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Cloudnet

Continuous Evaluation of Cloud Profiles in Seven Operational Models Using Ground-Based Observations

A. J. Illingworth
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R. J. Hogan
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E.J. O'Connor
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D. Bouniol
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M. E. Brooks
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J. Delanoé
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D. P. Donovan
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J. D. Eastment
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N. Gaussiat
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J. W. F. Goddard
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M. Haeffelin
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H. Klein Baltink
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O. A. Krasnov
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J. Pelon
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J.-M. Piriou
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A. Protat
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H. W. J. Russchenberg
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A. Seifert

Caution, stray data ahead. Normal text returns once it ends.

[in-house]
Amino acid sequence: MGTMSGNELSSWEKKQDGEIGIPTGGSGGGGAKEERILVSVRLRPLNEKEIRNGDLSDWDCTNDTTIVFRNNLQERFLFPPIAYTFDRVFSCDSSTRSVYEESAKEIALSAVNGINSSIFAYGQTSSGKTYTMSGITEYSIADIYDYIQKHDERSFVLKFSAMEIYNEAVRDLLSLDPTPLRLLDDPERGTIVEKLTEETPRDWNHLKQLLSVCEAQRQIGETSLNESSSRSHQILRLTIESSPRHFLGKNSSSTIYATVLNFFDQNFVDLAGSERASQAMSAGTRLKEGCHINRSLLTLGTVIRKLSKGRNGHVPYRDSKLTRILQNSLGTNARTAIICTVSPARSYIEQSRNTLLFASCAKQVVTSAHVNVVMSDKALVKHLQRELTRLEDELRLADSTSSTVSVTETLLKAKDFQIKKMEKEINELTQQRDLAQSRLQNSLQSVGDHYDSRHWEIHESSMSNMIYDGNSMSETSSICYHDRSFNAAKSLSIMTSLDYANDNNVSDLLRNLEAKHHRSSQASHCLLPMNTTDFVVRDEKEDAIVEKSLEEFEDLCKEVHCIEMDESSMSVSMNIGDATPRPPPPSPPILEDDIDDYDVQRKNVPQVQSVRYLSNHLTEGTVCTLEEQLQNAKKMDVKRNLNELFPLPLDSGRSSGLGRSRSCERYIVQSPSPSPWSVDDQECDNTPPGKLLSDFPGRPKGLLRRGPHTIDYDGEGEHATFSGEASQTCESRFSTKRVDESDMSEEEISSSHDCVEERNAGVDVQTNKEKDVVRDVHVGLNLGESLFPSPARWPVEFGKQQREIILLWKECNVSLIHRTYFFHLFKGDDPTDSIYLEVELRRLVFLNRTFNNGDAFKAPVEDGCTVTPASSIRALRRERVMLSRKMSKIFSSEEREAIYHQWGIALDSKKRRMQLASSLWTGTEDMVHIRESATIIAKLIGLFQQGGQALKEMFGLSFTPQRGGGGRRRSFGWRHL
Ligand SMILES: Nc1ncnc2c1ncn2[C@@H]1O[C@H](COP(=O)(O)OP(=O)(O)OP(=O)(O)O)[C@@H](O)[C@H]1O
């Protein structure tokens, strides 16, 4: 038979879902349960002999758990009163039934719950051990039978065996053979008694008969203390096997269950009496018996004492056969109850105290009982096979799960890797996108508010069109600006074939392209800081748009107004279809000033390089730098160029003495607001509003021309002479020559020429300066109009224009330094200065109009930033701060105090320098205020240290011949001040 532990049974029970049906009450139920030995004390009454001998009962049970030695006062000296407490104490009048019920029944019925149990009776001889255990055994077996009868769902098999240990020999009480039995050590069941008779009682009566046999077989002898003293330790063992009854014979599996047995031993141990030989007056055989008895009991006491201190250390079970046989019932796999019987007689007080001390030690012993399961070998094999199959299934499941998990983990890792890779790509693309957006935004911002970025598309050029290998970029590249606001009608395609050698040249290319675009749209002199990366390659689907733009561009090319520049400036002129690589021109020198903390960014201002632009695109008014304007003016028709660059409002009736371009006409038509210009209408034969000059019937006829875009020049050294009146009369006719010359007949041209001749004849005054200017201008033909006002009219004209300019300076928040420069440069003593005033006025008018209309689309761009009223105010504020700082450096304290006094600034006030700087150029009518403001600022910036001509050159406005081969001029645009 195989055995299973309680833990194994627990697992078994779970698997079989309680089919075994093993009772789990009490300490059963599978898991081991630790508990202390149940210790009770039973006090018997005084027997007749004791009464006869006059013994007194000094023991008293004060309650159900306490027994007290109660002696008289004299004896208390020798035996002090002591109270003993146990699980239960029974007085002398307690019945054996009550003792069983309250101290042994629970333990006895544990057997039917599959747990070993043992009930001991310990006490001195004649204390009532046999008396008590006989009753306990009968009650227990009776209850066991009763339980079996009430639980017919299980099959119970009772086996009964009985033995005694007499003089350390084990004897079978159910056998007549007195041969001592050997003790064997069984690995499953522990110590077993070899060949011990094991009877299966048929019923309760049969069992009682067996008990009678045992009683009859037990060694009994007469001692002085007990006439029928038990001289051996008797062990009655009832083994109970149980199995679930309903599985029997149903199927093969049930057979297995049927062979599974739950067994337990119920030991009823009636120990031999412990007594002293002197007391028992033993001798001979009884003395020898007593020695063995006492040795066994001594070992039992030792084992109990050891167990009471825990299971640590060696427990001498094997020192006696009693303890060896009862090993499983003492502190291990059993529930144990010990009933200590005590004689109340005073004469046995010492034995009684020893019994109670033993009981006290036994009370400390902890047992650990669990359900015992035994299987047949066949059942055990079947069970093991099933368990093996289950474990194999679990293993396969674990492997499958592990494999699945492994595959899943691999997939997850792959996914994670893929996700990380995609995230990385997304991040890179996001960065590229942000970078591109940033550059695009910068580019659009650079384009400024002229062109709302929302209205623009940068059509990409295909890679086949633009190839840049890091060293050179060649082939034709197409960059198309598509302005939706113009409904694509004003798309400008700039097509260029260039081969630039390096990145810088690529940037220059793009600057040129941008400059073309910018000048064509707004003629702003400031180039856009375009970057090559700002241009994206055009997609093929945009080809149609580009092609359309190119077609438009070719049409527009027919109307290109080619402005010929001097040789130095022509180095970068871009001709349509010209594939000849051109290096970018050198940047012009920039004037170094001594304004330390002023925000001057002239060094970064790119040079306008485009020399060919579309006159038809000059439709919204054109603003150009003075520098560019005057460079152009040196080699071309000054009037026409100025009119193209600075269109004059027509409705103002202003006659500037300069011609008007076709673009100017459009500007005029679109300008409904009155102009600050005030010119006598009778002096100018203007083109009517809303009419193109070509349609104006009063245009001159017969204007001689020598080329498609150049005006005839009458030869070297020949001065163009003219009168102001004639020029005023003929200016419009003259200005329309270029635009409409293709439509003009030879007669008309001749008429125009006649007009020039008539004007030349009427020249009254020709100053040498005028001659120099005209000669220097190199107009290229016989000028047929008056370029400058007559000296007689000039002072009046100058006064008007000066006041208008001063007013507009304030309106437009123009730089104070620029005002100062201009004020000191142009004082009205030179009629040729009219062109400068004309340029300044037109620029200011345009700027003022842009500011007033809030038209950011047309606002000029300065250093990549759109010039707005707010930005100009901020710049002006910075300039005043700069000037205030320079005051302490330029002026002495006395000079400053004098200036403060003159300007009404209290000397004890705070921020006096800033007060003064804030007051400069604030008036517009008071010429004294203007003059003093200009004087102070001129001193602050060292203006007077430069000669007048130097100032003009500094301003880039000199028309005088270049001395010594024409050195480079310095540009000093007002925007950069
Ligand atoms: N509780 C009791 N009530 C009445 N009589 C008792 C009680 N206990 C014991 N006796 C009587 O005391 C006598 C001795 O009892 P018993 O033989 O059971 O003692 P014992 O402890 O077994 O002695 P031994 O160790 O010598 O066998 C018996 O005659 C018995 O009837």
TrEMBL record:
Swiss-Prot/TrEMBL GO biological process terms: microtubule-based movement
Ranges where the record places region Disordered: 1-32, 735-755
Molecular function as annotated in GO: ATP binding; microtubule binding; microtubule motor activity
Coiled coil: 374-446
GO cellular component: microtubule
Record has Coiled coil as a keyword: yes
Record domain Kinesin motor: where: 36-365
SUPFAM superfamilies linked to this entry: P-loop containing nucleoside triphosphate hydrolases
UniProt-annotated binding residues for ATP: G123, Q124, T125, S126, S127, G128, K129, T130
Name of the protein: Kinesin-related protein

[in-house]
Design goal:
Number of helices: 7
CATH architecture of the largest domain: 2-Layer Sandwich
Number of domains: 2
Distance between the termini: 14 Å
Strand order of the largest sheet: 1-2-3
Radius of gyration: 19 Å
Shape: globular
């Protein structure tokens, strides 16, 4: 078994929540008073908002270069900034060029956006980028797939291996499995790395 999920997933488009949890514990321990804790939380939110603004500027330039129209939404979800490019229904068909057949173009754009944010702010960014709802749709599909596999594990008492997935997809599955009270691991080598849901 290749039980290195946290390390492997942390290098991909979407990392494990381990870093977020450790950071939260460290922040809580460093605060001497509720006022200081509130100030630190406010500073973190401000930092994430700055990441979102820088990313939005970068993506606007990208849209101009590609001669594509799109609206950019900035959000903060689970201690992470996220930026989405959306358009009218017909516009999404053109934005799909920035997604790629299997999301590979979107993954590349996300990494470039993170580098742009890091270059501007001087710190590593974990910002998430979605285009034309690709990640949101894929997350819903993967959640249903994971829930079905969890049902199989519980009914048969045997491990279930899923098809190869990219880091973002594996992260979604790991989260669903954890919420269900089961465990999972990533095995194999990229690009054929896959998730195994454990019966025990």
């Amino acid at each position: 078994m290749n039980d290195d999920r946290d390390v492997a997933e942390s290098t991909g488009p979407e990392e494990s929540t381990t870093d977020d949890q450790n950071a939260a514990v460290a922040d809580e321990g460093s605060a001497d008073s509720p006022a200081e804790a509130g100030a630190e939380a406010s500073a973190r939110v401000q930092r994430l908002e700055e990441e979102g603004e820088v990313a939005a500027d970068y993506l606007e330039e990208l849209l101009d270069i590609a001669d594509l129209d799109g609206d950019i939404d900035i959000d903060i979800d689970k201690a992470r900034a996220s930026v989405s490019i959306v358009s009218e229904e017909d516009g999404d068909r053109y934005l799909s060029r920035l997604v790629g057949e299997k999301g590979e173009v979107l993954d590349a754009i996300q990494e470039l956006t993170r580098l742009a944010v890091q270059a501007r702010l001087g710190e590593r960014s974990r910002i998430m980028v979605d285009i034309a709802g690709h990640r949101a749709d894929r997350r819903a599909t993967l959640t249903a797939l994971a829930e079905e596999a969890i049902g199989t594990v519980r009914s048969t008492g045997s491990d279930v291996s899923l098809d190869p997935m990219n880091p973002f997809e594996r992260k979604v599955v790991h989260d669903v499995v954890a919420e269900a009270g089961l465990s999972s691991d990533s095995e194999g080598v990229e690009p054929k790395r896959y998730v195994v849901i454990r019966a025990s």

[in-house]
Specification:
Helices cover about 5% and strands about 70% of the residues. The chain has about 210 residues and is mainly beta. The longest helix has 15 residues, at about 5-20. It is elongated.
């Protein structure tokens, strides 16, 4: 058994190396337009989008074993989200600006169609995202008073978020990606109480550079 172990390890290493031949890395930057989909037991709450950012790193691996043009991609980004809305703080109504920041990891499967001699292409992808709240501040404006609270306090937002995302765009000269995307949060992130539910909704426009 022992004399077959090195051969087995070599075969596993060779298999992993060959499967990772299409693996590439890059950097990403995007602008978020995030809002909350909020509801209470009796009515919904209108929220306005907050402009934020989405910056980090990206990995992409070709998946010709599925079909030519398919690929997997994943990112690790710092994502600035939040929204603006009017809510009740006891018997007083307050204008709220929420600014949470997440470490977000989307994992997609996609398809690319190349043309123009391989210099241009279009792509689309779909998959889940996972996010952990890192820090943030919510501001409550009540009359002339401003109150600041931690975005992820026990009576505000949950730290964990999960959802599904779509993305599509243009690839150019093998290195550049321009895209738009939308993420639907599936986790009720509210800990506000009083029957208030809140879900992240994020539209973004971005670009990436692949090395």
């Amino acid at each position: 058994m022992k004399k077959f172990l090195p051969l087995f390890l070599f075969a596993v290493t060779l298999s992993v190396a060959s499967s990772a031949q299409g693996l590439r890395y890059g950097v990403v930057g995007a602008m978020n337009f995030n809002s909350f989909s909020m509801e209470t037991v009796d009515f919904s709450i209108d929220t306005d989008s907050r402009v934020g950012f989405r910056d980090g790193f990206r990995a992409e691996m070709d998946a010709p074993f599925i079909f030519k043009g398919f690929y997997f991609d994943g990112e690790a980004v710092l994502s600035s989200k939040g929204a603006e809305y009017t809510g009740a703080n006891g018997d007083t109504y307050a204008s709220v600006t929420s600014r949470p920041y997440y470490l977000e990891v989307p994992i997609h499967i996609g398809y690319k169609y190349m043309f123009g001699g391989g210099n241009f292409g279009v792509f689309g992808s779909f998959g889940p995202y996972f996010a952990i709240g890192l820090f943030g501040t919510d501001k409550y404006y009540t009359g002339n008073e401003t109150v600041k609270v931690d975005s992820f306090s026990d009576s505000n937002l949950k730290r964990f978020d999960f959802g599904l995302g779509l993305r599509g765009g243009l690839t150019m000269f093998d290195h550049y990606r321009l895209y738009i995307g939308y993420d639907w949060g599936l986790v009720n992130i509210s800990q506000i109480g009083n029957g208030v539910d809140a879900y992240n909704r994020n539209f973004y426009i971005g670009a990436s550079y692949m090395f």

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A. M. Tompkins
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G.-J. van Zadelhoff
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F. Vinit
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U. Willén
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D. R. Wilson
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C. L. Wrench
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The Cloudnet project aims to provide a systematic evaluation of clouds in forecast and climate models by comparing the model output with continuous ground-based observations of the vertical profiles of cloud properties. In the models, the properties of clouds are simplified and expressed in terms of the fraction of the model grid box, which is filled with cloud, together with the liquid and ice water content of the clouds. These models must get the clouds right if they are to correctly represent both their radiative properties and their key role in the production of precipitation, but there are few observations of the vertical profiles of the cloud properties that show whether or not they are successful. Cloud profiles derived from cloud radars, ceilometers, and dual-frequency microwave radiometers operated at three sites in France, Netherlands, and the United Kingdom for several years have been compared with the clouds in seven European models. The advantage of this continuous appraisal is that the feedback on how new versions of models are performing is provided in quasi-real time, as opposed to the much longer time scale needed for in-depth analysis of complex field studies. Here, two occasions are identified when the introduction of new versions of the ECMWF and Météo-France models leads to an immediate improvement in the representation of the clouds and also provides statistics on the performance of the seven models. The Cloudnet analysis scheme is currently being expanded to include sites outside Europe and further operational forecasting and climate models.